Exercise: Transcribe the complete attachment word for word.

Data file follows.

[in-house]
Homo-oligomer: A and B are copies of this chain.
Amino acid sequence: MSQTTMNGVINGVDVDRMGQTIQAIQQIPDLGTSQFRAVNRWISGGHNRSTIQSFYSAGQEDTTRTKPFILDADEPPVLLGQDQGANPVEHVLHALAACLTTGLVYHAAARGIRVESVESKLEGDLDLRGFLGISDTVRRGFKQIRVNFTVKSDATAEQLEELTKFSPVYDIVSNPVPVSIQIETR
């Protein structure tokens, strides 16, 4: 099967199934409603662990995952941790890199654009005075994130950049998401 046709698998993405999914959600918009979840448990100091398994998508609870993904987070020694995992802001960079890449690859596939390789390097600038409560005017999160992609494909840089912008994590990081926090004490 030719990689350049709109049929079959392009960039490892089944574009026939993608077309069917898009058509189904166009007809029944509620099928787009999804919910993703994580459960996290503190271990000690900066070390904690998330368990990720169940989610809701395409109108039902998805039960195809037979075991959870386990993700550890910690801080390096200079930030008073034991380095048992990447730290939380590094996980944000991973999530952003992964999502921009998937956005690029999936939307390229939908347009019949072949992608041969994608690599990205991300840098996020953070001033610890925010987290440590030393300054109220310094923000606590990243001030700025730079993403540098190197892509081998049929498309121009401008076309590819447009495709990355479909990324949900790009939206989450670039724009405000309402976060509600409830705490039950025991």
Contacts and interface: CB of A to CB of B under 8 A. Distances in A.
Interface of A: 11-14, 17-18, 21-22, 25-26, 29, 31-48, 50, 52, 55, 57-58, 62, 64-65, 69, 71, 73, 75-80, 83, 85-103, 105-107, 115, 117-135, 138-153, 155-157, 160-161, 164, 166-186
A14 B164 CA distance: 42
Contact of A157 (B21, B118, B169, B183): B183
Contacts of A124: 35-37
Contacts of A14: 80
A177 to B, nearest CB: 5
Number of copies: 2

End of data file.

[in-house]
Homo-oligomer: A and B are copies of this chain.
Amino acid sequence: MSQTTMNGVINGVDVDRMGQTIQAIQQIPDLGTSQFRAVNRWISGGHNRSTIQSFYSAGQEDTTRTKPFILDADEPPVLLGQDQGANPVEHVLHALAACLTTGLVYHAAARGIRVESVESKLEGDLDLRGFLGISDTVRRGFKQIRVNFTVKSDATAEQLEELTKFSPVYDIVSNPVPVSIQIETR
């Protein structure tokens, strides 16, 4: 099967199934409603662990995952941790890199654009005075994130950049998401 046709698998993405999914959600918009979840448990100091398994998508609870993904987070020694995992802001960079890449690859596939390789390097600038409560005017999160992609494909840089912008994590990081926090004490 030719990689350049709109049929079959392009960039490892089944574009026939993608077309069917898009058509189904166009007809029944509620099928787009999804919910993703994580459960996290503190271990000690900066070390904690998330368990990720169940989610809701395409109108039902998805039960195809037979075991959870386990993700550890910690801080390096200079930030008073034991380095048992990447730290939380590094996980944000991973999530952003992964999502921009998937956005690029999936939307390229939908347009019949072949992608041969994608690599990205991300840098996020953070001033610890925010987290440590030393300054109220310094923000606590990243001030700025730079993403540098190197892509081998049929498309121009401008076309590819447009495709990355479909990324949900790009939206989450670039724009405000309402976060509600409830705490039950025991």
Contacts and interface: CB of A to CB of B under 8 A. Distances in A.
Interface of A: 11-14, 17-18, 21-22, 25-26, 29, 31-48, 50, 52, 55, 57-58, 62, 64-65, 69, 71, 73, 75-80, 83, 85-103, 105-107, 115, 117-135, 138-153, 155-157, 160-161, 164, 166-186
A14 B164 CA distance: 42
Contact of A157 (B21, B118, B169, B183): B183
Contacts of A124: 35-37
Contacts of A14: 80
A177 to B, nearest CB: 5
Number of copies: 2